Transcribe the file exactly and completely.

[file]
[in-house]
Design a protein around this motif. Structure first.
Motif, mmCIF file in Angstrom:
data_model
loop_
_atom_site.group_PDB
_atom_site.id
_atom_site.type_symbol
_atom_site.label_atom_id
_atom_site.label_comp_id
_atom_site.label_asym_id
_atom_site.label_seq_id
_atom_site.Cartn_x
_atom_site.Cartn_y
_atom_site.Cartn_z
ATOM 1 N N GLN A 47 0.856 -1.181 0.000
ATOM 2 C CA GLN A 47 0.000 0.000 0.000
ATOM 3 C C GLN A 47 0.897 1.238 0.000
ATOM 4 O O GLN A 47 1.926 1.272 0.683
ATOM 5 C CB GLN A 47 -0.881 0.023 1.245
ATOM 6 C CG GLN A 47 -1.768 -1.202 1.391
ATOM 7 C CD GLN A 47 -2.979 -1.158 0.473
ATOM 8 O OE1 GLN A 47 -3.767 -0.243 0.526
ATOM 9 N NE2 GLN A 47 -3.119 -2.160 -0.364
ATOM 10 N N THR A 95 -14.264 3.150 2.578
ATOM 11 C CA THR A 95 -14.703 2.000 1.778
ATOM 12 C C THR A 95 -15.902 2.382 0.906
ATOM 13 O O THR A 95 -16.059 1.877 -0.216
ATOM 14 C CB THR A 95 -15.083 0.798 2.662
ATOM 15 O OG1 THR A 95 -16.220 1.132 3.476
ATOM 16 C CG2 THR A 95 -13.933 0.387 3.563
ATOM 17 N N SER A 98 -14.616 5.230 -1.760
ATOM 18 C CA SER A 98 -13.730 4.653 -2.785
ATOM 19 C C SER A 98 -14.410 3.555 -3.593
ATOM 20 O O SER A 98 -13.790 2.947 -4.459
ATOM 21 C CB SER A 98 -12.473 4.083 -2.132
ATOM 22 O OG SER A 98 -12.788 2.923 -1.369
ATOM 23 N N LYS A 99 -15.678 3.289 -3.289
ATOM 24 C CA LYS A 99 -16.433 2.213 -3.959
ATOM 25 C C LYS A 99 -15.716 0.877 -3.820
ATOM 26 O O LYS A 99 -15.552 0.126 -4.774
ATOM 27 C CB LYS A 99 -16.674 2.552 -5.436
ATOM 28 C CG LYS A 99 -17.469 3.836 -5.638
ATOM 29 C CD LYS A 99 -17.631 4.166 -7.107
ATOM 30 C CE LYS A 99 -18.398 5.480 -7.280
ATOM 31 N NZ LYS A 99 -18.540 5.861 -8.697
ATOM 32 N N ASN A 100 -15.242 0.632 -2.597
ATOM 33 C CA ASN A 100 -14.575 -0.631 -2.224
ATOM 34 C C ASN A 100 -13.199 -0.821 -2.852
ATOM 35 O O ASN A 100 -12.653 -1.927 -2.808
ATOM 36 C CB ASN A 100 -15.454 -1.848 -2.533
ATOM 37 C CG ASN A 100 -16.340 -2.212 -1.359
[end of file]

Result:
[in-house]
Design a protein around this motif. Structure first.
Motif, mmCIF file in Angstrom:
data_model
loop_
_atom_site.group_PDB
_atom_site.id
_atom_site.type_symbol
_atom_site.label_atom_id
_atom_site.label_comp_id
_atom_site.label_asym_id
_atom_site.label_seq_id
_atom_site.Cartn_x
_atom_site.Cartn_y
_atom_site.Cartn_z
ATOM 1 N N GLN A 47 0.856 -1.181 0.000
ATOM 2 C CA GLN A 47 0.000 0.000 0.000
ATOM 3 C C GLN A 47 0.897 1.238 0.000
ATOM 4 O O GLN A 47 1.926 1.272 0.683
ATOM 5 C CB GLN A 47 -0.881 0.023 1.245
ATOM 6 C CG GLN A 47 -1.768 -1.202 1.391
ATOM 7 C CD GLN A 47 -2.979 -1.158 0.473
ATOM 8 O OE1 GLN A 47 -3.767 -0.243 0.526
ATOM 9 N NE2 GLN A 47 -3.119 -2.160 -0.364
ATOM 10 N N THR A 95 -14.264 3.150 2.578
ATOM 11 C CA THR A 95 -14.703 2.000 1.778
ATOM 12 C C THR A 95 -15.902 2.382 0.906
ATOM 13 O O THR A 95 -16.059 1.877 -0.216
ATOM 14 C CB THR A 95 -15.083 0.798 2.662
ATOM 15 O OG1 THR A 95 -16.220 1.132 3.476
ATOM 16 C CG2 THR A 95 -13.933 0.387 3.563
ATOM 17 N N SER A 98 -14.616 5.230 -1.760
ATOM 18 C CA SER A 98 -13.730 4.653 -2.785
ATOM 19 C C SER A 98 -14.410 3.555 -3.593
ATOM 20 O O SER A 98 -13.790 2.947 -4.459
ATOM 21 C CB SER A 98 -12.473 4.083 -2.132
ATOM 22 O OG SER A 98 -12.788 2.923 -1.369
ATOM 23 N N LYS A 99 -15.678 3.289 -3.289
ATOM 24 C CA LYS A 99 -16.433 2.213 -3.959
ATOM 25 C C LYS A 99 -15.716 0.877 -3.820
ATOM 26 O O LYS A 99 -15.552 0.126 -4.774
ATOM 27 C CB LYS A 99 -16.674 2.552 -5.436
ATOM 28 C CG LYS A 99 -17.469 3.836 -5.638
ATOM 29 C CD LYS A 99 -17.631 4.166 -7.107
ATOM 30 C CE LYS A 99 -18.398 5.480 -7.280
ATOM 31 N NZ LYS A 99 -18.540 5.861 -8.697
ATOM 32 N N ASN A 100 -15.242 0.632 -2.597
ATOM 33 C CA ASN A 100 -14.575 -0.631 -2.224
ATOM 34 C C ASN A 100 -13.199 -0.821 -2.852
ATOM 35 O O ASN A 100 -12.653 -1.927 -2.808
ATOM 36 C CB ASN A 100 -15.454 -1.848 -2.533
ATOM 37 C CG ASN A 100 -16.340 -2.212 -1.359